Our Challenge: Revitalizing Journalism and Mending Our Democracy
Banyan aims to revitalize journalism in ways that inspire and empower civic engagement, thus helping to counteract three corrosive trends that pose threats to democracy:
Spreading news deserts: Communities with little or no reliable local reporting are proliferating as local newspapers shrivel and fail as the internet takes all advertising dollars except the crumbs — at least 2,000 local newspapers have died since 2004. Without news as nourishment, civic engagement starves, as does the informed electorate that’s so crucial to democracy at all levels. Many of the most arid news deserts are minority communities. Common sense — and democracy — demand entirely new business models.
An Ill-served majority: Changes in retailing as well as advertising have left newspapers relying almost entirely on upscale retailers for advertising revenue; to keep what advertisers they have left, publishers have responded by tailoring content to attract upscale readers. Further, publishers have significantly raised subscription prices to offset collapsing ad revenue — even as they have reduced coverage. Readership decline began to accelerate well before the newspaper business model crashed, not surprisingly led by the less-than-affluent majority as their newspapers cost more and become less relevant to their lives. This has shrunk the informed electorate so that it is dominated by the well-off.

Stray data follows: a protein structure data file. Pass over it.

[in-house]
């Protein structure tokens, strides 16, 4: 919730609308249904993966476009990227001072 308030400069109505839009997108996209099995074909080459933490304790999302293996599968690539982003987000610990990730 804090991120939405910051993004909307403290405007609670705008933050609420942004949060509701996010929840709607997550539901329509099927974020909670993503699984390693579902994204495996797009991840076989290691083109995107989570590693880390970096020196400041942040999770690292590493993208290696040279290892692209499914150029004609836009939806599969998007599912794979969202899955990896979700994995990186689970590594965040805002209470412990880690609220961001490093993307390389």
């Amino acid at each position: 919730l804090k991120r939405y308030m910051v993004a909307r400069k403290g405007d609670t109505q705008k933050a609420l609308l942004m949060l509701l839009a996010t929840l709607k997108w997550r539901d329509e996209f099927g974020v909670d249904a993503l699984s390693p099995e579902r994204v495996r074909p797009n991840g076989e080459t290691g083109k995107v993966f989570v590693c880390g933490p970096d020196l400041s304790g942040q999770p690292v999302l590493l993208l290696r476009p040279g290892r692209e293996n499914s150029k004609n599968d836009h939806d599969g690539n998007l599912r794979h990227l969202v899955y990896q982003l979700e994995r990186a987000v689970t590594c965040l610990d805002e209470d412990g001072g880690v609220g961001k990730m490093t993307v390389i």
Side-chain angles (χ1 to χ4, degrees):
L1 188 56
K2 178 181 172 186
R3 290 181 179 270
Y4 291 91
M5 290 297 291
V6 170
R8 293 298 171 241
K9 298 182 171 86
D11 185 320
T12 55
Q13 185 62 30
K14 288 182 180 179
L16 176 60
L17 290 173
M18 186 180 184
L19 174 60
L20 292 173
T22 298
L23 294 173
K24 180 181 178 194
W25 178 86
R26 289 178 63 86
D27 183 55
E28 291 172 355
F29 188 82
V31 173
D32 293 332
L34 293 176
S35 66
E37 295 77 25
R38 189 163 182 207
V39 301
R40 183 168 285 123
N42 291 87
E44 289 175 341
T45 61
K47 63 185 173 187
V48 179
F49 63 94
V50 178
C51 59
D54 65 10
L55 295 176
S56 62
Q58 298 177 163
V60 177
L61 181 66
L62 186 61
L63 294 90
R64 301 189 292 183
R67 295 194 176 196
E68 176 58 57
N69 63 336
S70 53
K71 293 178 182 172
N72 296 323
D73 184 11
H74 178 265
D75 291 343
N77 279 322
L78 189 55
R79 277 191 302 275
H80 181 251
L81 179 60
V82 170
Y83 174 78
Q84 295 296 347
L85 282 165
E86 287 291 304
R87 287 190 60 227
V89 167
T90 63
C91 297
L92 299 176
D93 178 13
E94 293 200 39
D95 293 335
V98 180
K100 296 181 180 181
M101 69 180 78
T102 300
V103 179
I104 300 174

Distressing distrust: Polls consistently report slippage in the public’s trust of news providers, to the point that only Congress has a lower rating among public institutions.
All three of these trends are toxic to democracy. Banyan’s civic tools and community support are designed to help affiliated news co-ops minimize all of them, strengthening civic engagement and democracy in the process.